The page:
Bird flu is going west. It has emerged in Chelyabinsk, the southern Urals region, a local official said Monday. The region is a big industrial center where all the previously hit by disease regions – Altai, Novosibirsk, Omsk, Tyumen and Kurgan are mostly rural.
Virus killed over 300 birds in Oktyabrskoe, a spokesman for the regional department of the Federal Service for Supervision of Consumer Protection and Welfare said.
The Russian Agriculture Ministry reported a suspected outbreak of bird flu in the Chelyabinsk region's Oktyabrsky district Friday.
According to the Emergency Situations Ministry, bird flu has killed over 10,000 birds in six Russian regions (the Novosibirsk, Omsk, Tyumen, Kurgan and Chelyabinsk regions and the Altai territory) since July 21, informs Ria Novosti.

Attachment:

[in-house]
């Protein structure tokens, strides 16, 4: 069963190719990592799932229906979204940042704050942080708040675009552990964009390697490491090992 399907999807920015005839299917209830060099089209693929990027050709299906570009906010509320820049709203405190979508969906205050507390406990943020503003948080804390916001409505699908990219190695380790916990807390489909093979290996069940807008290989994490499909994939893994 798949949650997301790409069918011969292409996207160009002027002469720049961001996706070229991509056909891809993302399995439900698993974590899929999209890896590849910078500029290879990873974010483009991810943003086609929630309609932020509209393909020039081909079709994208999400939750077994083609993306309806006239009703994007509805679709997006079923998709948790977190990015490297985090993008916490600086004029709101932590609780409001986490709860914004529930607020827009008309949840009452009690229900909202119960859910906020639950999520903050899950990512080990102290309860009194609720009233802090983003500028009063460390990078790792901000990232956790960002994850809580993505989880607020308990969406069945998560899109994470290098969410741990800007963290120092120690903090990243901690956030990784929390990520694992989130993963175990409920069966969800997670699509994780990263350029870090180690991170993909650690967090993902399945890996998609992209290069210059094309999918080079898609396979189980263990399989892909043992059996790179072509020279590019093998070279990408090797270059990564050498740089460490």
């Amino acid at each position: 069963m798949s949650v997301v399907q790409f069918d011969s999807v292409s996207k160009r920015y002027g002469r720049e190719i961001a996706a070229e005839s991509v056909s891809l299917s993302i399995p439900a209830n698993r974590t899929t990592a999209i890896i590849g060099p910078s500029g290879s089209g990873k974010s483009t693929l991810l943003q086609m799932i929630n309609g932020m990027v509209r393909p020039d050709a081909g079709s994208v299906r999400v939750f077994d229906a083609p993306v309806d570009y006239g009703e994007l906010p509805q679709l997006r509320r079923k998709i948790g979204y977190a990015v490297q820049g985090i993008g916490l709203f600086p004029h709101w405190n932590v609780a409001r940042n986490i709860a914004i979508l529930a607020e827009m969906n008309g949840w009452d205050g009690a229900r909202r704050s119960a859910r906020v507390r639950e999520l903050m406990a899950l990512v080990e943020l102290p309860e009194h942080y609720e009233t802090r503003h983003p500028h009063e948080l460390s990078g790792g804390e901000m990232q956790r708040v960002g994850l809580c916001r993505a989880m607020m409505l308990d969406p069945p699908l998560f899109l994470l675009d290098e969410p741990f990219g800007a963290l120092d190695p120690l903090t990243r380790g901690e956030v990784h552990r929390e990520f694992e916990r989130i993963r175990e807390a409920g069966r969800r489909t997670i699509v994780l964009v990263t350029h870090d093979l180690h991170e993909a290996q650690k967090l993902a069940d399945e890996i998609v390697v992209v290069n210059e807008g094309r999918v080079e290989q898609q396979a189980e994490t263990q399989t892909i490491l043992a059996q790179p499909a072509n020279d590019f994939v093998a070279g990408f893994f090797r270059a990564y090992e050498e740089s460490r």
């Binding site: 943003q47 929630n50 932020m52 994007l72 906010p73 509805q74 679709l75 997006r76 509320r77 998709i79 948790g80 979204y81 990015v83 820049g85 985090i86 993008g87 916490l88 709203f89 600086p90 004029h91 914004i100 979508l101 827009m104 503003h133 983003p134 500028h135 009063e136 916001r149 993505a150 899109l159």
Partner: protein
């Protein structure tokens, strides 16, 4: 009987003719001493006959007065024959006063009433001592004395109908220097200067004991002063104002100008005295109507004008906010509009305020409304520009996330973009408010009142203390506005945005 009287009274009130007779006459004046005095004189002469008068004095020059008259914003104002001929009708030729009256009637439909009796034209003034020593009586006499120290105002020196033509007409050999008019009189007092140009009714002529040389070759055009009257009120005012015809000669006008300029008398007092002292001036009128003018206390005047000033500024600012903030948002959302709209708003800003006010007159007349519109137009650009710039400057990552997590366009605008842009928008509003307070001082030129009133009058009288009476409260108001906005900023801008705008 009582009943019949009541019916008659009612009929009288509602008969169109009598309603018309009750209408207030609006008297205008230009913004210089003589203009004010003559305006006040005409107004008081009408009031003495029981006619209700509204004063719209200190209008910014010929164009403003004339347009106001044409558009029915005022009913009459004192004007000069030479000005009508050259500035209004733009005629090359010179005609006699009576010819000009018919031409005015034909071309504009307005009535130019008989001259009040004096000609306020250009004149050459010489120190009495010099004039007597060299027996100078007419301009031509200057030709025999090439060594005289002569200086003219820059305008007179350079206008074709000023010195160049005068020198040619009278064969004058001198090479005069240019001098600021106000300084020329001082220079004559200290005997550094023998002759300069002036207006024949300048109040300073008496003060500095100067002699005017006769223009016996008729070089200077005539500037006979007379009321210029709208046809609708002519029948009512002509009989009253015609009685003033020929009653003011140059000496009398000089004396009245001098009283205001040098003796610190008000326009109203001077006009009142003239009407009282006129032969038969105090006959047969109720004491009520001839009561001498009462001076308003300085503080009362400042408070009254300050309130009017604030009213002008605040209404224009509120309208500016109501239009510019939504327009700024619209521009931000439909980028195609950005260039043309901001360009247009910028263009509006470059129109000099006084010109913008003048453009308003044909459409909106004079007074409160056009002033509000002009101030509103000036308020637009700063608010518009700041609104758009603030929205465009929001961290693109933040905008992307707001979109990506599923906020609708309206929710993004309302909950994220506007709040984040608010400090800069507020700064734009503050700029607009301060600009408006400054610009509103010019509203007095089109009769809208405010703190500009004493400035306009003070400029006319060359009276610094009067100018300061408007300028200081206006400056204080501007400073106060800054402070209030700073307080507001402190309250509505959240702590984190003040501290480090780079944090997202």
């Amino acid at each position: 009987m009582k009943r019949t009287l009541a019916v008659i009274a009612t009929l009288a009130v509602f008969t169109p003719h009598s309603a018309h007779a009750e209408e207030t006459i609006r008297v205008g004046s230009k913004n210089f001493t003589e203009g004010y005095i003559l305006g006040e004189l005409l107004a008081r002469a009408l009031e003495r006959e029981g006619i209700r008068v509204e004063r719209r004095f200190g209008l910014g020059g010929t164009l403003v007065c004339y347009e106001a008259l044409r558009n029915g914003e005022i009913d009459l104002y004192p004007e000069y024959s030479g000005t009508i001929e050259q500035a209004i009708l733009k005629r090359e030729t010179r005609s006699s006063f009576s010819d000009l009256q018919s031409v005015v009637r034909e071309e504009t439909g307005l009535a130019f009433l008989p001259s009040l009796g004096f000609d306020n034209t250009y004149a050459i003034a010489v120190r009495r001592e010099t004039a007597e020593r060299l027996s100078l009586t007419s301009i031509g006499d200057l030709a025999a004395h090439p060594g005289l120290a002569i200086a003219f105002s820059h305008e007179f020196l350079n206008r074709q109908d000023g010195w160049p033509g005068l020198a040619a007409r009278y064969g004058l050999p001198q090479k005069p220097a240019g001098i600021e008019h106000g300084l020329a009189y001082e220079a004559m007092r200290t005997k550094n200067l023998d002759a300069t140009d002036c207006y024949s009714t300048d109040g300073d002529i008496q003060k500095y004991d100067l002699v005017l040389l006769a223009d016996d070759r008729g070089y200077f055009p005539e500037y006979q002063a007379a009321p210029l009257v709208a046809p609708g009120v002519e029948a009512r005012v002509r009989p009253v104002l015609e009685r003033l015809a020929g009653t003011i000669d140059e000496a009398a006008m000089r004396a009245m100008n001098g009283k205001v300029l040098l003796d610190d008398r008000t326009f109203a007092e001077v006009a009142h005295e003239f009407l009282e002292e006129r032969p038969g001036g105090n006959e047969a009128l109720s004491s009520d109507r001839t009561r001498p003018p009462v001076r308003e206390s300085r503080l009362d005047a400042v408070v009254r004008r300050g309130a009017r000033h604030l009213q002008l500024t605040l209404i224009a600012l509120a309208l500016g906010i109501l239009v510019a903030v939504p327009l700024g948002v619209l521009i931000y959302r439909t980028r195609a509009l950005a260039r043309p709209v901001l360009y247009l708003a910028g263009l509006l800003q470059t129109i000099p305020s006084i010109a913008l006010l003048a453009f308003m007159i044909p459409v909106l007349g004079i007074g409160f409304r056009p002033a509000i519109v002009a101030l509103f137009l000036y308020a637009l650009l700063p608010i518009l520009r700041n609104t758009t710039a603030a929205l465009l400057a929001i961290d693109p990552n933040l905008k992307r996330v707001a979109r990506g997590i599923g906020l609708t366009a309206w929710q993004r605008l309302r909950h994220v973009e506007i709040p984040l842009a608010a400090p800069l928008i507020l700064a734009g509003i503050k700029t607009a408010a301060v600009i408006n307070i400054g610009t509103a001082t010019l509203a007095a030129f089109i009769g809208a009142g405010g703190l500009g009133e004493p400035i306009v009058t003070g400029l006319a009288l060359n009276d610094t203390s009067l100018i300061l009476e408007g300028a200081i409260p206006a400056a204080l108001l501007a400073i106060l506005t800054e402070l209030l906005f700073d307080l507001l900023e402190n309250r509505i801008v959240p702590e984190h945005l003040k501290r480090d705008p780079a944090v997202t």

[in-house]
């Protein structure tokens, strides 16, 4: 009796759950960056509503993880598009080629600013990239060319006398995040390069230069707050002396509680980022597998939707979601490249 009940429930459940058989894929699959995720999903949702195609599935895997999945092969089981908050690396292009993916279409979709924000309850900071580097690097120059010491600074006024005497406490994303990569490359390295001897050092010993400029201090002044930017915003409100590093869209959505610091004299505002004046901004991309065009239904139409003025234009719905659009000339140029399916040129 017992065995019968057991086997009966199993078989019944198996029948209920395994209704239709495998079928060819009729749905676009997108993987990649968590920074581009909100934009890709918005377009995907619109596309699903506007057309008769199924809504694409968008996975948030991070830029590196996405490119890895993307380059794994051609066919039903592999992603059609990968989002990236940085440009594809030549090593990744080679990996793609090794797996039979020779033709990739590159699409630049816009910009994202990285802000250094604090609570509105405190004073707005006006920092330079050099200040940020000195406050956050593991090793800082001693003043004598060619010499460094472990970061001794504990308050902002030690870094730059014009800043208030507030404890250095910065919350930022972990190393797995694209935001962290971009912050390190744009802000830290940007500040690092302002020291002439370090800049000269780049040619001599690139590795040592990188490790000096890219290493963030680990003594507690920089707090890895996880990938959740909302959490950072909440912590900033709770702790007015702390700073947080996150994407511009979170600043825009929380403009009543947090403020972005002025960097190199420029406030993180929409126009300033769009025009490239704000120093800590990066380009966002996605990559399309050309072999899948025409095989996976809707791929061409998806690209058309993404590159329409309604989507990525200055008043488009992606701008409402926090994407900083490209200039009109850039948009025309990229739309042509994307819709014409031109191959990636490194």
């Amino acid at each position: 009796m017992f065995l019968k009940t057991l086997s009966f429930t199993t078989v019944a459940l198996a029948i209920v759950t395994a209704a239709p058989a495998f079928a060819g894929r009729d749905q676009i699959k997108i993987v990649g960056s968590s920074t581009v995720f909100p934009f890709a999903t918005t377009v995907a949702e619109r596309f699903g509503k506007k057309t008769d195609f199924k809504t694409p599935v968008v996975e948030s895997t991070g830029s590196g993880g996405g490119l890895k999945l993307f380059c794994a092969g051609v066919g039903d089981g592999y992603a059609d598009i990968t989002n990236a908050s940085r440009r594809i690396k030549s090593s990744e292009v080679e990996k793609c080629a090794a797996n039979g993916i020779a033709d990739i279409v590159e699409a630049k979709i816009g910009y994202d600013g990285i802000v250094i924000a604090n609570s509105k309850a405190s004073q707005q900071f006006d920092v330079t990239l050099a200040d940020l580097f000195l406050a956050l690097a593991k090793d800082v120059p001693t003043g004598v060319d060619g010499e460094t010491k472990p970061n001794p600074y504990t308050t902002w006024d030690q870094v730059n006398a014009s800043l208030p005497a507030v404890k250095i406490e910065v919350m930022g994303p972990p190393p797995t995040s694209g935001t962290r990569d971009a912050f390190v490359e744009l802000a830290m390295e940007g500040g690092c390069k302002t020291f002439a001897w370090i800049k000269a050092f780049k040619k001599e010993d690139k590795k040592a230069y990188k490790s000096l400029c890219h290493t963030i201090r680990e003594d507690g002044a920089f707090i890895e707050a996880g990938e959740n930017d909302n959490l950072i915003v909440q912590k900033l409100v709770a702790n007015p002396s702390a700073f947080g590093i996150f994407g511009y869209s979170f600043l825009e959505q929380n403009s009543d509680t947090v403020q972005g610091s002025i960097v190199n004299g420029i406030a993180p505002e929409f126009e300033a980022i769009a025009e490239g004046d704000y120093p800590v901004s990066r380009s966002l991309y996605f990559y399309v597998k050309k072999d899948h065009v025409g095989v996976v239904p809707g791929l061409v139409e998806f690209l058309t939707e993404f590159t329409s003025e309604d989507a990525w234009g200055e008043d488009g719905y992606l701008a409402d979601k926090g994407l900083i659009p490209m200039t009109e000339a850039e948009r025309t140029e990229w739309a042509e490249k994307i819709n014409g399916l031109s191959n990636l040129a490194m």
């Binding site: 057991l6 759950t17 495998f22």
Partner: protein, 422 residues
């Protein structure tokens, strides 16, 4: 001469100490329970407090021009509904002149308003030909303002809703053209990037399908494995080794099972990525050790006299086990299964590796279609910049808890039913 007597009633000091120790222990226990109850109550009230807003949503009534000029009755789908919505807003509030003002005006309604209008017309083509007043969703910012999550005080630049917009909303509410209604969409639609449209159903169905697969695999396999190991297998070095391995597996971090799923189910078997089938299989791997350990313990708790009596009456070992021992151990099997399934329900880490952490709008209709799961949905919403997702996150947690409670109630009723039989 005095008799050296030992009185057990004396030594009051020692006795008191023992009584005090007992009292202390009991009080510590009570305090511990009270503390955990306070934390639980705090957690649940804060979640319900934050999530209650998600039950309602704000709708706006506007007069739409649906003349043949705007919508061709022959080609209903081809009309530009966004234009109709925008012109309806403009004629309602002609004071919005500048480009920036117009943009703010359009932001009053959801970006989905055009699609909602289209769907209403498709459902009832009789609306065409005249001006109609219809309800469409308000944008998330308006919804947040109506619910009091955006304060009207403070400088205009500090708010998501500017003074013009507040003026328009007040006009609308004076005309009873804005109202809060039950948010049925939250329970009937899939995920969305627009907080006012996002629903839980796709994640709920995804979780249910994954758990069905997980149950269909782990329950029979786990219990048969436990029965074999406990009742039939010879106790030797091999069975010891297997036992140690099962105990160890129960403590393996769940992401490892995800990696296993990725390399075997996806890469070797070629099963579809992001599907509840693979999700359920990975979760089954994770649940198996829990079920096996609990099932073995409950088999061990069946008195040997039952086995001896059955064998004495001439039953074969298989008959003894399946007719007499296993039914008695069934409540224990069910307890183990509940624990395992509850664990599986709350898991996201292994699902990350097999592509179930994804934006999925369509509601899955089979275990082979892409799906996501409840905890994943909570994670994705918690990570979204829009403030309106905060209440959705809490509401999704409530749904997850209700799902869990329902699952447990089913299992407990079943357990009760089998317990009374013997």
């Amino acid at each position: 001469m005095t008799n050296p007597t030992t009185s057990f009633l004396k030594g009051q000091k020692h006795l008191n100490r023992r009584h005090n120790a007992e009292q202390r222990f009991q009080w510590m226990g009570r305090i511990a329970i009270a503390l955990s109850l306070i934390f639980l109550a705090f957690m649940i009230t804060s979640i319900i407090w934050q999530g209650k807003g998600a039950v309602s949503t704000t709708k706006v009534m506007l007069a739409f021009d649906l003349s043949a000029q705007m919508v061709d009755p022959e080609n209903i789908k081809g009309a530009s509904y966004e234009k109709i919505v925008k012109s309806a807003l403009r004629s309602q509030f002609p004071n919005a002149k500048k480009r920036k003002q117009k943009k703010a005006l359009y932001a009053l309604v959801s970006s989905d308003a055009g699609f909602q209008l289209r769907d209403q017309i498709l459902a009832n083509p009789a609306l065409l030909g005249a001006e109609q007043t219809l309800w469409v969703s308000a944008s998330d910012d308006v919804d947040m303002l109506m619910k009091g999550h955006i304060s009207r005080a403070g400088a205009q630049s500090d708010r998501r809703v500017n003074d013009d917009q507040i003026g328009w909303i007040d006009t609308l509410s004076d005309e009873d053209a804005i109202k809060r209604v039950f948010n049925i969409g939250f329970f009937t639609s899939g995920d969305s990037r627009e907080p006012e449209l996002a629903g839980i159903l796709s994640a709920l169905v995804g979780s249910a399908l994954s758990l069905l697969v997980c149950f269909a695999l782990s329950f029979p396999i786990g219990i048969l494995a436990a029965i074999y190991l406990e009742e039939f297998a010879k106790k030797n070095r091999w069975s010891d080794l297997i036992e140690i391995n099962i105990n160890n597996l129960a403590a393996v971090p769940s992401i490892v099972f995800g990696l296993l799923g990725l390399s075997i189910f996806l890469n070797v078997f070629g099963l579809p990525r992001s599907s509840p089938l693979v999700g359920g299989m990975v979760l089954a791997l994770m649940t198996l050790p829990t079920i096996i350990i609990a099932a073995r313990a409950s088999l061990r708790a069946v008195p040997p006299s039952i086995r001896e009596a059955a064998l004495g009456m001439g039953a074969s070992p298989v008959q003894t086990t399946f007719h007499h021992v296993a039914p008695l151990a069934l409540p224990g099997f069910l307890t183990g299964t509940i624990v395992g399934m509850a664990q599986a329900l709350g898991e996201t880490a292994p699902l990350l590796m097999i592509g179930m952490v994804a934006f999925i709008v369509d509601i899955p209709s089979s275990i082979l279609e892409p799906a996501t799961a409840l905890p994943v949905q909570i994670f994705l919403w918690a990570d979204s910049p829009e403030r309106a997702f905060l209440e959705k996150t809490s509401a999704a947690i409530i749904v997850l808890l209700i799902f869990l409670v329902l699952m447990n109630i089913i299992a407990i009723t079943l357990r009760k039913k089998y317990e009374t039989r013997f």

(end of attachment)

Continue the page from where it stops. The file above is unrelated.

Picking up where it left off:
According to Reuters, addressing regional health officials in a letter, Onishchenko said the disease could also hit Russia's major agricultural regions of Krasnodar, Stavropol and Rostov.
"The most likely cause of infection in the Siberian and Ural federal regions is the migration of birds from Southeast Asia and their contacts with domestic birds," stated the letter posted on the Web site of the state's consumer rights watchdog.
While listing a number of recommendations aimed at preventing humans from getting infected, he said bird migration in spring 2006 could further spread the virus in European Russia and bring more fowl viruses to Siberia from Southeast Asia.
Although no people have so far been infected in Russia and Kazakhstan, there are fears the disease could spread to humans on the Eurasian landmass, possibly unleashing a global influenza pandemic.
Chelyabinsk, separated from European Russia by the Ural mountains and technically still in Siberia, is the westernmost region to have been struck so far.
It lies about 1,000 km (600 miles) both from Moscow and the region where the first flu outbreak was reported.
"All ill and infected birds are being slaughtered there," the Agriculture Ministry said in a statement.